Regarding Australian states and territories, say you have a certain word in your state. Have you come across different words in other states that mean the same thing?

By: | Post date: 2017-05-13 | Comments: No Comments
Posted in categories: English, Linguistics

Australians desperately hang on to the small lexical differences between States, as you’ll see here, because otherwise Australian English is ludicrously homogeneous geographically. Variation in Australian English – Wikipedia

The names for different sizes of beer glasses (Australian English vocabulary – Wikipedia) is kind of the counterpart to the renowned Eskimo words for snow. (Yes, the jokes do write themselves.) And there is bizarre State-based variation, just as there was beer parochialism in the days before craft beer.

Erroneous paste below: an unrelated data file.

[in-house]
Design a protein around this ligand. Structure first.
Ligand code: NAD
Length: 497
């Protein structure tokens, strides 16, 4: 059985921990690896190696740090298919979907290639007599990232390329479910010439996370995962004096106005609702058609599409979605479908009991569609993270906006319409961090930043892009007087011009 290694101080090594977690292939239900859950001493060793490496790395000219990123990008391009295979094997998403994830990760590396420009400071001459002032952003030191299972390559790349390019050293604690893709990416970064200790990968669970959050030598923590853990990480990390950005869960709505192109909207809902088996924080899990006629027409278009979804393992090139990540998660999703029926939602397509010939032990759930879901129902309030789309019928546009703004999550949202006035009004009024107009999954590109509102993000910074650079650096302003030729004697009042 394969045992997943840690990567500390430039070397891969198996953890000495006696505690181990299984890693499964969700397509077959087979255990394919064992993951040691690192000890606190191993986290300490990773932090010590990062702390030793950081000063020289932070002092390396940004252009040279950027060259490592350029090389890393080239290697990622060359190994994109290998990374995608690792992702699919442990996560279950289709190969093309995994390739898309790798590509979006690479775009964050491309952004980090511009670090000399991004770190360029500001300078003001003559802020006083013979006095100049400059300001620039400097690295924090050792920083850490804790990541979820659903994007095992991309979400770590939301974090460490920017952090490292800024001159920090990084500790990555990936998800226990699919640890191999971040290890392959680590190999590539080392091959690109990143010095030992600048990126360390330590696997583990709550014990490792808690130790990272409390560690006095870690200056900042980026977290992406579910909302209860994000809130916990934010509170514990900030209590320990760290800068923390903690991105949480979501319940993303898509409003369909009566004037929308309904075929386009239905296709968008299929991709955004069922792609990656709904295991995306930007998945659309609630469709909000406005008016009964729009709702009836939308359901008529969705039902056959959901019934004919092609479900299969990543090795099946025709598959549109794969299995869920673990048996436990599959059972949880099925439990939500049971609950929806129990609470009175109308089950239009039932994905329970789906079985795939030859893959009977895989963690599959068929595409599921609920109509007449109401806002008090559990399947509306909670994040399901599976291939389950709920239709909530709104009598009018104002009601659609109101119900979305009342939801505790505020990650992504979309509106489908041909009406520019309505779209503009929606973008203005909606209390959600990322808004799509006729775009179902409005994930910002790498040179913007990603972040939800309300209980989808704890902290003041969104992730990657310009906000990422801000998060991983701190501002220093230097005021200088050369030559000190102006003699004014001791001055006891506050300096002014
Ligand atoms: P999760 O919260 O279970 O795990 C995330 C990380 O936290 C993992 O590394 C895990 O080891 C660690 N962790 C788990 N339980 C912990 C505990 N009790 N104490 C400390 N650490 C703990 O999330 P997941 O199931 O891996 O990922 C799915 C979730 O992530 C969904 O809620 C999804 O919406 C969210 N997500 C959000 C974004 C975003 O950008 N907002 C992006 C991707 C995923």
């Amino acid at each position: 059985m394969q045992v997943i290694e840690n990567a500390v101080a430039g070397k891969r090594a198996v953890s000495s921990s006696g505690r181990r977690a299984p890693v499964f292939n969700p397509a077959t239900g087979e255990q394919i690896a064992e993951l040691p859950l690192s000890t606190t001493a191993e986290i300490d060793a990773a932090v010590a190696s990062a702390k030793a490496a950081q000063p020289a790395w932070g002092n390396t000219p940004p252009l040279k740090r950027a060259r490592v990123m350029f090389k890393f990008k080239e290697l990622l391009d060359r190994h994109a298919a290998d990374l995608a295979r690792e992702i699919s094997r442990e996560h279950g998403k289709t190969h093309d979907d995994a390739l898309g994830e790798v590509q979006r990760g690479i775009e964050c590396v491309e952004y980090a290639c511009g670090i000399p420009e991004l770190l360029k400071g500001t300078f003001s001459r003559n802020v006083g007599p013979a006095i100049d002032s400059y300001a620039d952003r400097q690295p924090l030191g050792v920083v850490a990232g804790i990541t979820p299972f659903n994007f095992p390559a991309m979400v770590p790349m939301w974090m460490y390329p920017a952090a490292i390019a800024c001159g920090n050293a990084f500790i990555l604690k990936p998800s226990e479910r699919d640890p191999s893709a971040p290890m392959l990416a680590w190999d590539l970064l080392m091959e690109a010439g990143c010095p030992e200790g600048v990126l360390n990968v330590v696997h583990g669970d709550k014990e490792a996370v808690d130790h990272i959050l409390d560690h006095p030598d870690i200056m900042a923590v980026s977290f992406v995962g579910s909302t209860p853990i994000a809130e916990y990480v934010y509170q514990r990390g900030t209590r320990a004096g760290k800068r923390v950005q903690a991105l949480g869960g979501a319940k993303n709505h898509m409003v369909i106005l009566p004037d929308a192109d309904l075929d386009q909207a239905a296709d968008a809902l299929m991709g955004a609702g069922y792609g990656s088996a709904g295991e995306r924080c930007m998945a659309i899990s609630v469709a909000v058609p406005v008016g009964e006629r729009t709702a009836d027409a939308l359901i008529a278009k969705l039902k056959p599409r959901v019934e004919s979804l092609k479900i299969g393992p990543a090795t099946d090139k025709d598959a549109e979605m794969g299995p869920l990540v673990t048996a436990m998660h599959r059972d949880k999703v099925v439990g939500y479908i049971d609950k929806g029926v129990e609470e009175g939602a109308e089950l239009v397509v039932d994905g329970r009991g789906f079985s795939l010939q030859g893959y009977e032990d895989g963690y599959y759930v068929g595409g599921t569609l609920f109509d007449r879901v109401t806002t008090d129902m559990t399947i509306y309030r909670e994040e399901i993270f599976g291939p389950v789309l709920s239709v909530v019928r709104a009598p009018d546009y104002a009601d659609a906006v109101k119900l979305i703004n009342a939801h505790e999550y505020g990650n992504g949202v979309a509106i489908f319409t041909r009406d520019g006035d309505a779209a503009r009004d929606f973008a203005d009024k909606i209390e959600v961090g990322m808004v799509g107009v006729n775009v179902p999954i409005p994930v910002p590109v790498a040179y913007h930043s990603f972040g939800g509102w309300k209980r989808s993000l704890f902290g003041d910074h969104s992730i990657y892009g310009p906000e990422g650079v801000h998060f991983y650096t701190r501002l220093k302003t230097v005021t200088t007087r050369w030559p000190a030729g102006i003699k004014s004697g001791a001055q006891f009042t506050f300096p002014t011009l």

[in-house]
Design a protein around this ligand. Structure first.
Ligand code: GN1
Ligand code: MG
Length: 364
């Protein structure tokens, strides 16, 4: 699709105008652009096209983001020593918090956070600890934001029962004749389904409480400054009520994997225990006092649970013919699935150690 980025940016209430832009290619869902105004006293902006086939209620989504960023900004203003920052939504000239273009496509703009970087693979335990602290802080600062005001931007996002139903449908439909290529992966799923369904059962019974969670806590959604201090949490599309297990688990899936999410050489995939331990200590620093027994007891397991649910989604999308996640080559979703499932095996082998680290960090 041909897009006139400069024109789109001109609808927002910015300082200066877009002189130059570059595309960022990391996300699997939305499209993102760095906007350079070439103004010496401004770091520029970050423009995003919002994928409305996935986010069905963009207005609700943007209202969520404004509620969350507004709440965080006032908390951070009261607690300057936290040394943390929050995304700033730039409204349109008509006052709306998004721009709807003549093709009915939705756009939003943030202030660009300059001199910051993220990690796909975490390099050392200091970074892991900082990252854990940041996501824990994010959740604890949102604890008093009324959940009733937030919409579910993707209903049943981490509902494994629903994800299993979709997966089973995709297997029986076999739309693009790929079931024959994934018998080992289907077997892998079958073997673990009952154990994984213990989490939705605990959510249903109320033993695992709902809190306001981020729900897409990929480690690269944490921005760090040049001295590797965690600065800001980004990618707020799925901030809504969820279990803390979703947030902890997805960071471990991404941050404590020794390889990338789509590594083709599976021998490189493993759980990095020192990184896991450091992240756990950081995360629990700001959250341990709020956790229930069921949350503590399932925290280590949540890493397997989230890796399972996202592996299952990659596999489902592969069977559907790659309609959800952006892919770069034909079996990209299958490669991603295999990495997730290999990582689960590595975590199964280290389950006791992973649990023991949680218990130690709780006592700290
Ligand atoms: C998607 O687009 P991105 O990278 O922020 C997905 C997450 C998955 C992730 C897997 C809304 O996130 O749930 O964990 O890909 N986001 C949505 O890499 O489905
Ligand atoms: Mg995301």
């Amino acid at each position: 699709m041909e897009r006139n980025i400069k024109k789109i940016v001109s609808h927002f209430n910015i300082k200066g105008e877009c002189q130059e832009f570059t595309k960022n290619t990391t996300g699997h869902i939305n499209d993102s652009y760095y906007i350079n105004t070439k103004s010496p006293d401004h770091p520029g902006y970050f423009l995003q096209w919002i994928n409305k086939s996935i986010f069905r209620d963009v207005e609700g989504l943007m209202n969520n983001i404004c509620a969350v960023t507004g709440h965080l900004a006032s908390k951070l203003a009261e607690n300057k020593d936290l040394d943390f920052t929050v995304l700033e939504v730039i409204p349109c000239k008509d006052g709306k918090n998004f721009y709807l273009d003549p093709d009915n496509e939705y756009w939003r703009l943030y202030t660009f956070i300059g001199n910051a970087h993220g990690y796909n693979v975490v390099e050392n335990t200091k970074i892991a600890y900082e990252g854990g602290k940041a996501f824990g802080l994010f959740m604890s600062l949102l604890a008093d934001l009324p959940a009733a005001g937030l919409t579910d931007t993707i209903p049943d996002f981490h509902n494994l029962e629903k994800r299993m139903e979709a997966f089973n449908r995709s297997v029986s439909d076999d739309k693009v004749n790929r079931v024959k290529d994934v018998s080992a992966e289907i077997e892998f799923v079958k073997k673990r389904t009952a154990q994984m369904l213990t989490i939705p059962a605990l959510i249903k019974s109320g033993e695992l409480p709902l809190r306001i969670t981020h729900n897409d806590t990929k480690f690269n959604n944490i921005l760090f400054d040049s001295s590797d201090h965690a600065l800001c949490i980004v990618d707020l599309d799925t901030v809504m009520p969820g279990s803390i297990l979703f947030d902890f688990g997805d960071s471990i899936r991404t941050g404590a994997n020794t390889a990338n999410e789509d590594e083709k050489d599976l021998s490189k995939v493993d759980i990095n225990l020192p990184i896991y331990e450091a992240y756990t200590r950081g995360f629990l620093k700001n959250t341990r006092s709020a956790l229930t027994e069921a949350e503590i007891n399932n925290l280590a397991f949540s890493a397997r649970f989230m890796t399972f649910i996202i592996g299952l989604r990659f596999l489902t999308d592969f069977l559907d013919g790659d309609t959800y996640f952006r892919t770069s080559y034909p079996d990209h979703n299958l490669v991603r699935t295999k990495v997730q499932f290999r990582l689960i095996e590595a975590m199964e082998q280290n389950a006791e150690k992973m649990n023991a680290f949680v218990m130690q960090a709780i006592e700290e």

There used to be a similar diversity of words for uncouth and unsophisticated people (yes, again the jokes do write themselves); but they have all been replaced now by Bogan, which has now also come to be reclaimed as a positive.

Where Australia specialises words about beer glasses, Greece specialises words about souvlaki. A döner kebab is a gyros in the South; in the north it’s a sanduits.

The other shibboleth of Northern vs Southern Greek vocabulary is the word for ‘on the ground’. Northern Greek uses the word kato ‘down’ for ‘on the ground’ as well; Southern Greek has retained khamo, khamu for the latter—earning them the moniker khamudzides ‘Down-On-The-Grounders’ from northerners.

See this post on a recent book about the slang differences between the two, written by Haralambos Metaxas, who is also a contributor to the Greek equivalent of Urban Dictionary,

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